Back in May, when Randy Lerner officially put Aston Villa up for sale, there was a lot of speculation about how much money Paul Lambert would have available to make summer moves. Now that the window has officially closed, it turns out that the answer to that question didn't matter nearly as much as we thought it did. With a limited budget and his back against the wall, Lambert was able to have an excellent summer. But it was the move for Manchester United's Tom Cleverley that best exemplifies what happened over the course of the offseason.
And that's because the Cleverley move exhibits the ways in which Lambert... wait for it... cleverly manipulated his budget to get the most out of it. We had already seen the additions of Philippe Senderos and Joe Cole at next-to-nothing. Kieran Richardson came cheaply, as did Aly Cissokho. None of these players were very highly valued by other Premier League clubs, as evidenced by their prices, but they all filled roles that Aston Villa needed. In addition, they filled those roles while being improvements to many of the players that Lambert already had. Is, for instance, Senderos a world-beater? Certainly not. But he is an improvement to Ciaran Clark and Nathan Baker. Lambert added starting-quality depth to the squad for practically nothing while improving the team. Of course it stinks that Senderos (who I like, mind you) is an improvement, but there's no point in mincing words here.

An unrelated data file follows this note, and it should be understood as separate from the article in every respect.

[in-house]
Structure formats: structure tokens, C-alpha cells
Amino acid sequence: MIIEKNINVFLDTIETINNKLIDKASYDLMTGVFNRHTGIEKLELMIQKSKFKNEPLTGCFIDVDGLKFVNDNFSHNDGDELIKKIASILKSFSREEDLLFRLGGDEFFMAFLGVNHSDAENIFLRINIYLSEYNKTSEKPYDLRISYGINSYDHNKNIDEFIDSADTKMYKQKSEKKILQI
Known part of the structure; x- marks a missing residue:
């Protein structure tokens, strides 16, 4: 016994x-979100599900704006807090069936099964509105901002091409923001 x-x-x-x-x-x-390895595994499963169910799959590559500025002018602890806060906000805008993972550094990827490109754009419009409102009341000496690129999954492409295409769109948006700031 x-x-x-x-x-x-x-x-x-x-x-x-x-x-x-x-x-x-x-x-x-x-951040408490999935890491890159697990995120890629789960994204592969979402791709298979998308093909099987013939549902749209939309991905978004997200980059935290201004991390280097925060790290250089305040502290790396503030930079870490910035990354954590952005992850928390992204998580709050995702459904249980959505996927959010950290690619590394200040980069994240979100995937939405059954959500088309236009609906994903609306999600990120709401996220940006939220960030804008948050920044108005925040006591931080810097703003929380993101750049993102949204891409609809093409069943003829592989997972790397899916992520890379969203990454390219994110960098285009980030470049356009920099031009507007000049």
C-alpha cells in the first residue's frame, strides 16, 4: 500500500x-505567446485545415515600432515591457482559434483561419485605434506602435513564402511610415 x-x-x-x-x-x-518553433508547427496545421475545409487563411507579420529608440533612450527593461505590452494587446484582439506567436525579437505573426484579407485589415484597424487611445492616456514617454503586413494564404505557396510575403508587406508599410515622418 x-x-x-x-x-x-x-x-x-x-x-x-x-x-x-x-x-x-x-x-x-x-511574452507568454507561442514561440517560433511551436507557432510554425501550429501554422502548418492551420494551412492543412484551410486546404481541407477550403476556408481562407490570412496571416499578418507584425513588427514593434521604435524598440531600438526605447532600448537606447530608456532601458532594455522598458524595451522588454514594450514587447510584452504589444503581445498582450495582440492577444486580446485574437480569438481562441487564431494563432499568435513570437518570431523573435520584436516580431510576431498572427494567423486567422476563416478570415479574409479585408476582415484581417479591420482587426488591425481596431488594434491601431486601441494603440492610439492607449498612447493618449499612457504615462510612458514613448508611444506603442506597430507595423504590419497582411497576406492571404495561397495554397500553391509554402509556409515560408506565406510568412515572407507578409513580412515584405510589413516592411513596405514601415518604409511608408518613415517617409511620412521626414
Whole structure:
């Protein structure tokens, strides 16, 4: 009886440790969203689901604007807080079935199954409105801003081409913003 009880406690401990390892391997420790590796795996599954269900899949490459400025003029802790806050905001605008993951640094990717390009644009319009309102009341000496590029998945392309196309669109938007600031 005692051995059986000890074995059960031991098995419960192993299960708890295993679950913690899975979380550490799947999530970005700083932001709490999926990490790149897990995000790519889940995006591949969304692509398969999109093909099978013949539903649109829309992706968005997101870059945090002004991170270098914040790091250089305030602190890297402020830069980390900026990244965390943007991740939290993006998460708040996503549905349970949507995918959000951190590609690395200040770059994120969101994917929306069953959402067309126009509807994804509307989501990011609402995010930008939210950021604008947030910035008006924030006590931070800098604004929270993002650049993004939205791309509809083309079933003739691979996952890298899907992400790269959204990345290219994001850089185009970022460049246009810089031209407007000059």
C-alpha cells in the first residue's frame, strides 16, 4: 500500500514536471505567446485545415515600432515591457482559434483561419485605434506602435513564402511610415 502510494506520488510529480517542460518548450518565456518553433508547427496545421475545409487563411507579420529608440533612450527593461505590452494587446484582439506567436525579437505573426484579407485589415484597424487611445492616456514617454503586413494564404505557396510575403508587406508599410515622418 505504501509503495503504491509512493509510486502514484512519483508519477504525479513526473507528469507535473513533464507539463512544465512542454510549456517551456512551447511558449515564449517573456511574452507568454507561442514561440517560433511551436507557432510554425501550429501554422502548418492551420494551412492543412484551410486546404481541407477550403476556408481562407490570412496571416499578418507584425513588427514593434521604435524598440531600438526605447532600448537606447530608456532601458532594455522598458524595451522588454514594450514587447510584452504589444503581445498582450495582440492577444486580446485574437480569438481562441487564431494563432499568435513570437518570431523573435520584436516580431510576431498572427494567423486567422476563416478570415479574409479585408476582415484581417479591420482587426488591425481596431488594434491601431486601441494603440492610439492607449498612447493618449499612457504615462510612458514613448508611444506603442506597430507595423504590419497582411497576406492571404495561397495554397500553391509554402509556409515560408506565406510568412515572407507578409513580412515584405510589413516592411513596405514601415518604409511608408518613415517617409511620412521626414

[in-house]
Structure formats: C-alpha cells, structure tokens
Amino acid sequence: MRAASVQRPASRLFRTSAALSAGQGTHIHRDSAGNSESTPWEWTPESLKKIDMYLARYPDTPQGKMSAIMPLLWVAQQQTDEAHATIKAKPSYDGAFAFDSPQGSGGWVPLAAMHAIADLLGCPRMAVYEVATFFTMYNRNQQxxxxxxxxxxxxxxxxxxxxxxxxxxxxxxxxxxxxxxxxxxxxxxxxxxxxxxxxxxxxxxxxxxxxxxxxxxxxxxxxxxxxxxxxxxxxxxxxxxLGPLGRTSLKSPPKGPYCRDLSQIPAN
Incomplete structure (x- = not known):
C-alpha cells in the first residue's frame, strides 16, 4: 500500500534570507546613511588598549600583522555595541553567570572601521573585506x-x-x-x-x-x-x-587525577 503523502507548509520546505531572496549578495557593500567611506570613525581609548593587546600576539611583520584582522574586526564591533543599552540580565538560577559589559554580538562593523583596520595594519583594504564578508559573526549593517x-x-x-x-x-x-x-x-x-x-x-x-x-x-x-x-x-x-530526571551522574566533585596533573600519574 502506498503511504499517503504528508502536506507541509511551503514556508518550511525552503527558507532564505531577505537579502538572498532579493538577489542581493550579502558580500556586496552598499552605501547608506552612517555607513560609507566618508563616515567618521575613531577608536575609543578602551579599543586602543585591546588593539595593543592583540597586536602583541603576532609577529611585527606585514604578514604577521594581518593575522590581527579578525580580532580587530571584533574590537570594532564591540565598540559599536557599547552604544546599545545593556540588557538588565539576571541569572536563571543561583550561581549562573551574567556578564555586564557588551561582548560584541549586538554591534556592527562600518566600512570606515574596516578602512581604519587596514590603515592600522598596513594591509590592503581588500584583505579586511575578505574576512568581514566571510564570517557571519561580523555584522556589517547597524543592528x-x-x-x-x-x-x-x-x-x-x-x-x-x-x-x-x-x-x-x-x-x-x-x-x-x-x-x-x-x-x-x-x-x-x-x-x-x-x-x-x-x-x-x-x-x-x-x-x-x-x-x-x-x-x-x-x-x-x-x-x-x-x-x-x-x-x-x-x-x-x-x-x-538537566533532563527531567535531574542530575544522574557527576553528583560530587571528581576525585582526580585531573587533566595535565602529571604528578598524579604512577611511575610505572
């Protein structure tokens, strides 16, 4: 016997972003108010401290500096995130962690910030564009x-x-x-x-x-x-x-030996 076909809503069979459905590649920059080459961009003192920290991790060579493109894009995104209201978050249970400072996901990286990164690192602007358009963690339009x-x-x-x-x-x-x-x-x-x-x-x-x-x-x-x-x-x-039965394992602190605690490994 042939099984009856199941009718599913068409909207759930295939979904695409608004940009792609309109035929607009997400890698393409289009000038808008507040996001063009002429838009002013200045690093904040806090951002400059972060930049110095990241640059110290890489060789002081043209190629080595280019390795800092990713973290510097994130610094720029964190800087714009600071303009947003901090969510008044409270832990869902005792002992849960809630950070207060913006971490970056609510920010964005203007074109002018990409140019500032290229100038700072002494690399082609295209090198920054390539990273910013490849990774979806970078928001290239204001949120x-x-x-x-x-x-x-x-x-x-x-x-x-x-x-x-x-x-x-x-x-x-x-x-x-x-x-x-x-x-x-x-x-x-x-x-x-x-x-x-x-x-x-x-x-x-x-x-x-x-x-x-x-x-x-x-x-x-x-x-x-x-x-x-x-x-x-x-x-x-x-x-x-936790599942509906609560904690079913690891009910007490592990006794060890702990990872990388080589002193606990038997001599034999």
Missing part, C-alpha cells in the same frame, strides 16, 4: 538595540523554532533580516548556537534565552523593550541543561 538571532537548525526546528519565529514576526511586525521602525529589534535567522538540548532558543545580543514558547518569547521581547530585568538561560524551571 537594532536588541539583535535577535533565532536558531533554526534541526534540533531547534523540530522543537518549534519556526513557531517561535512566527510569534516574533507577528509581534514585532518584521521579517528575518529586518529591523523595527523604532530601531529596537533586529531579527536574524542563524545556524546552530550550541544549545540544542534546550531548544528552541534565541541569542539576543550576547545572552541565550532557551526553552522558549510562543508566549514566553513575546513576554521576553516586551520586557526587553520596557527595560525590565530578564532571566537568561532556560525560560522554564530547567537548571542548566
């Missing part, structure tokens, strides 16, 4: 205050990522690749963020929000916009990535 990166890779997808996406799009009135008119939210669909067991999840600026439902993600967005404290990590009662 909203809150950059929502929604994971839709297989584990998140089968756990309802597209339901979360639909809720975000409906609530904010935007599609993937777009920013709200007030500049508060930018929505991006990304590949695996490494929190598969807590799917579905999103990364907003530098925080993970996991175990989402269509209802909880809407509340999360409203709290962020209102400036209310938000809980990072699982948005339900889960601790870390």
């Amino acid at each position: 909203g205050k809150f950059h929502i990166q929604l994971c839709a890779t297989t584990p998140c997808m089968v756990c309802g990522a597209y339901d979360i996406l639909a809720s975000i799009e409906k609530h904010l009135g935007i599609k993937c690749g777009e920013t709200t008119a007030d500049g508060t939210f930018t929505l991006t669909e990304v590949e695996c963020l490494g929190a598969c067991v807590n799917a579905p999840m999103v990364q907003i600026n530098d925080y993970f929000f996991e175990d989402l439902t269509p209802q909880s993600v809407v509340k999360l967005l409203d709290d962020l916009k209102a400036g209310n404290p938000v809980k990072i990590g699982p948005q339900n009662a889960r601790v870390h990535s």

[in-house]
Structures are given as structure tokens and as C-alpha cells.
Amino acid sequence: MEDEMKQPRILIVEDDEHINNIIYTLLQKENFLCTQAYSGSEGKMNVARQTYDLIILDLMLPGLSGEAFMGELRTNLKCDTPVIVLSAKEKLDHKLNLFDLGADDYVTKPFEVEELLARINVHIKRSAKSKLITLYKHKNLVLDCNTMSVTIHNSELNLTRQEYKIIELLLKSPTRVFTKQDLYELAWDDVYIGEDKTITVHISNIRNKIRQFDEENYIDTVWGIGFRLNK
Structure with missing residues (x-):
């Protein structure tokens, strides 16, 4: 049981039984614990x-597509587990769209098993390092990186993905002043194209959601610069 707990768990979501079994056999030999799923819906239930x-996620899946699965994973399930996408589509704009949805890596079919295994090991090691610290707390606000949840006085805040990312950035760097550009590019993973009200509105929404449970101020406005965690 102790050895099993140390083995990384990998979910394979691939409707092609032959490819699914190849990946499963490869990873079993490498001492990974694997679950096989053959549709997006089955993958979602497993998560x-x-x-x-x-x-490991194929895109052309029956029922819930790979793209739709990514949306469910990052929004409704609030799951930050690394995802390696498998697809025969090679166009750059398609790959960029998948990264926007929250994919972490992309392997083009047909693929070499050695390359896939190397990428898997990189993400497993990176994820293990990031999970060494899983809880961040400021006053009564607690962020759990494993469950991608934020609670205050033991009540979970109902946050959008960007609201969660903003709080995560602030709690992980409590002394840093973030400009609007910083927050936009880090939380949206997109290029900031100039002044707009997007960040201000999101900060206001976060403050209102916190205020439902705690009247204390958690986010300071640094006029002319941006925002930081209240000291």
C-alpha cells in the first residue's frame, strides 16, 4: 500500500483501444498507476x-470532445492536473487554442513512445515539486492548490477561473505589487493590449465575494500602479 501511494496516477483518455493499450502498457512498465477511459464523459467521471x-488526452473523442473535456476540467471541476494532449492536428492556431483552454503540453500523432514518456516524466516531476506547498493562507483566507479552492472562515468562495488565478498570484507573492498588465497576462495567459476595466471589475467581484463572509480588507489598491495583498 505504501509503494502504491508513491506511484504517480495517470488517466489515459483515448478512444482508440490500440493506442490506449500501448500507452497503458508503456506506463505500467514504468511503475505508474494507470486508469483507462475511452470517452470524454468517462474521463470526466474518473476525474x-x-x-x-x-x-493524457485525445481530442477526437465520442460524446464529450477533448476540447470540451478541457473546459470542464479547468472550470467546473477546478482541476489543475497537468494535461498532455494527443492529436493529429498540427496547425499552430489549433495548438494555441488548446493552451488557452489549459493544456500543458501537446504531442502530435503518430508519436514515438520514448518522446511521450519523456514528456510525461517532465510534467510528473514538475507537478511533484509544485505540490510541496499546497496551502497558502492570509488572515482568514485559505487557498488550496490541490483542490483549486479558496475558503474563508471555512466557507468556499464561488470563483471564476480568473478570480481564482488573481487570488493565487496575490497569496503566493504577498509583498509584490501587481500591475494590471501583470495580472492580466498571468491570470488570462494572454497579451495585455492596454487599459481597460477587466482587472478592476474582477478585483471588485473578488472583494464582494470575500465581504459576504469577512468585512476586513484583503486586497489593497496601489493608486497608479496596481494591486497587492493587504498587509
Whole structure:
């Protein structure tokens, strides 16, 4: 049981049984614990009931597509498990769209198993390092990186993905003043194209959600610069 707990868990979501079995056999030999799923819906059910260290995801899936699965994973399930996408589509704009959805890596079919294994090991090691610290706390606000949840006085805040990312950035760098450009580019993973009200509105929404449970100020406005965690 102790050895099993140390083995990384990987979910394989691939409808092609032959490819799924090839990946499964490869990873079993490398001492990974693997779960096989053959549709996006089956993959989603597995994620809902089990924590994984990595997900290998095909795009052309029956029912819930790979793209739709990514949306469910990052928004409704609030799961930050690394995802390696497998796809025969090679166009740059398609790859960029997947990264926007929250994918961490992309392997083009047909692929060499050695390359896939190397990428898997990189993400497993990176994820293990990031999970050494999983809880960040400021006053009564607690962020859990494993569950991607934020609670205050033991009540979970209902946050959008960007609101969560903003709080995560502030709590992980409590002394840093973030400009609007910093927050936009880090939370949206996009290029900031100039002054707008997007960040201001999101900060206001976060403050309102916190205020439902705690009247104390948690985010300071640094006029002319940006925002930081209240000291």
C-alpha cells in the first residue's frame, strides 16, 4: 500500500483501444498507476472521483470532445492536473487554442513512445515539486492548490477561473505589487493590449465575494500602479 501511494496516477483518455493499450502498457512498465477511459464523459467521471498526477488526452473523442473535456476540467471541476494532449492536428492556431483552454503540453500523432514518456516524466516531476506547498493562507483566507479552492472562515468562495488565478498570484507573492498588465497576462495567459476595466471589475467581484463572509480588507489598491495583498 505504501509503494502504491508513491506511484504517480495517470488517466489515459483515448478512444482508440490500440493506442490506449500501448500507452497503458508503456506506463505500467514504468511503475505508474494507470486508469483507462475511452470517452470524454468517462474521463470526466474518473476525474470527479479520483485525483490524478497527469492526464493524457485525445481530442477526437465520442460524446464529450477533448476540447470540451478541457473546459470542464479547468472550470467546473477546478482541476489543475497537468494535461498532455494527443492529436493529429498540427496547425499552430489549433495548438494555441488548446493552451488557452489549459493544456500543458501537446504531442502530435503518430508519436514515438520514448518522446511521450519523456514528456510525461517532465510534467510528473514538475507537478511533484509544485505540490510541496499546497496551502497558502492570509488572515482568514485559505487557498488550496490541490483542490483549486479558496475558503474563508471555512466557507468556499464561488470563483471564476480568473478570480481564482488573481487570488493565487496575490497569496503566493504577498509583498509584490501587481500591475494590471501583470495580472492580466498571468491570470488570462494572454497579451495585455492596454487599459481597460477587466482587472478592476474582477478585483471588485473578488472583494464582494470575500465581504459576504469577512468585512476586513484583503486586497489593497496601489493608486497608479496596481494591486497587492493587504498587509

So the Cleverley deal, then. We saw the same shrewd wheeling and dealing from Lambert that we'd seen elsewhere all summer. Certainly, the rumoured £8 million fee seemed a bit high, but in reality that's not much for a not-too-long-ago promising English attacking midfielder. But then when Cleverley, who had almost no leverage whatsoever thanks to his poor recent past with Manchester United, decided to hold the feet of his suitors to the fire and demand absurd wages, Lambert demurred. It was only when Cleverley became available at a price that he was comfortable with that Lambert pulled the trigger.
And that's how he did everything else this summer. But it's also a sign of what he had done over the summer. Cleverley is certainly an addition that will help Villa, but he wasn't a player the team needed. Thanks to the smart purchases over the summer and the re-inclusion of the Bomb Squad, Lambert knew that he had a team that could survive as it was constructed. At the window, he was looking to improve, but he wasn't going to be held hostage.
In essence, it's what we've seen from Lambert in windows past, but this time it was applied to veteran players rather than youngsters. Villa had proven that experience was needed, so Lambert shifted his strategy without compromising on his basic transfer principles. The Cleverley deal came thanks his earlier moves as well as his transfer tactics for the year, and as a result, Villa have added a player who could be a major figure in the squad for a very reasonable price.
This whole optimism thing is strange, but it's sort of comforting to know that the moves made over the summer have laid the foundation for what should be a less worrisome year.